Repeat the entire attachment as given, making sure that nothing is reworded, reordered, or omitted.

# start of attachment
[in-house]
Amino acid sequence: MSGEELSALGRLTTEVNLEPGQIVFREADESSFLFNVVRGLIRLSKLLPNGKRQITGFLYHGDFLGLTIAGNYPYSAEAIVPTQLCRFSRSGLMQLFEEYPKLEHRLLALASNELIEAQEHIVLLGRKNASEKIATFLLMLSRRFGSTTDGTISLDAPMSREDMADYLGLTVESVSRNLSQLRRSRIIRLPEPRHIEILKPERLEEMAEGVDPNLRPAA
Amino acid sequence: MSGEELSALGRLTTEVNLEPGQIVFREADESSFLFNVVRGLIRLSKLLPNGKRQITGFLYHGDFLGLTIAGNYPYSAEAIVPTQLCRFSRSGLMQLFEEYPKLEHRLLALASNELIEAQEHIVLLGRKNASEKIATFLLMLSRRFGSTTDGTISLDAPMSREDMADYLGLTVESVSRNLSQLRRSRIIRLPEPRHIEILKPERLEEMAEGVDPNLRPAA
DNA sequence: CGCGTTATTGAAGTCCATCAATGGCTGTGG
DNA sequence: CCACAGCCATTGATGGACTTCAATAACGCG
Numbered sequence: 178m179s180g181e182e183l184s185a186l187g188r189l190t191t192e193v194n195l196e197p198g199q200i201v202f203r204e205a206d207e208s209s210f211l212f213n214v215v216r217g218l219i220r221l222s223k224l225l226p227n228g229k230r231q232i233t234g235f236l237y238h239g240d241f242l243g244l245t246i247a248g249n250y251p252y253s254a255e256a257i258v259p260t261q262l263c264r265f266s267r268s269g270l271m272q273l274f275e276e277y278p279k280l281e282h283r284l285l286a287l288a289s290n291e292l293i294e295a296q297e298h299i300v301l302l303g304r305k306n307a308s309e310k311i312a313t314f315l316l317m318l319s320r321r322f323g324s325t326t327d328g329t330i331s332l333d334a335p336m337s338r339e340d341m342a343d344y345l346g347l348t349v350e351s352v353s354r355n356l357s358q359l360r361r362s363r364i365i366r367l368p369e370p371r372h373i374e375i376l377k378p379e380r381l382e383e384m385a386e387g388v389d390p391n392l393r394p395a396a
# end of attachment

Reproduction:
[in-house]
Amino acid sequence: MSGEELSALGRLTTEVNLEPGQIVFREADESSFLFNVVRGLIRLSKLLPNGKRQITGFLYHGDFLGLTIAGNYPYSAEAIVPTQLCRFSRSGLMQLFEEYPKLEHRLLALASNELIEAQEHIVLLGRKNASEKIATFLLMLSRRFGSTTDGTISLDAPMSREDMADYLGLTVESVSRNLSQLRRSRIIRLPEPRHIEILKPERLEEMAEGVDPNLRPAA
Amino acid sequence: MSGEELSALGRLTTEVNLEPGQIVFREADESSFLFNVVRGLIRLSKLLPNGKRQITGFLYHGDFLGLTIAGNYPYSAEAIVPTQLCRFSRSGLMQLFEEYPKLEHRLLALASNELIEAQEHIVLLGRKNASEKIATFLLMLSRRFGSTTDGTISLDAPMSREDMADYLGLTVESVSRNLSQLRRSRIIRLPEPRHIEILKPERLEEMAEGVDPNLRPAA
DNA sequence: CGCGTTATTGAAGTCCATCAATGGCTGTGG
DNA sequence: CCACAGCCATTGATGGACTTCAATAACGCG
Numbered sequence: 178m179s180g181e182e183l184s185a186l187g188r189l190t191t192e193v194n195l196e197p198g199q200i201v202f203r204e205a206d207e208s209s210f211l212f213n214v215v216r217g218l219i220r221l222s223k224l225l226p227n228g229k230r231q232i233t234g235f236l237y238h239g240d241f242l243g244l245t246i247a248g249n250y251p252y253s254a255e256a257i258v259p260t261q262l263c264r265f266s267r268s269g270l271m272q273l274f275e276e277y278p279k280l281e282h283r284l285l286a287l288a289s290n291e292l293i294e295a296q297e298h299i300v301l302l303g304r305k306n307a308s309e310k311i312a313t314f315l316l317m318l319s320r321r322f323g324s325t326t327d328g329t330i331s332l333d334a335p336m337s338r339e340d341m342a343d344y345l346g347l348t349v350e351s352v353s354r355n356l357s358q359l360r361r362s363r364i365i366r367l368p369e370p371r372h373i374e375i376l377k378p379e380r381l382e383e384m385a386e387g388v389d390p391n392l393r394p395a396a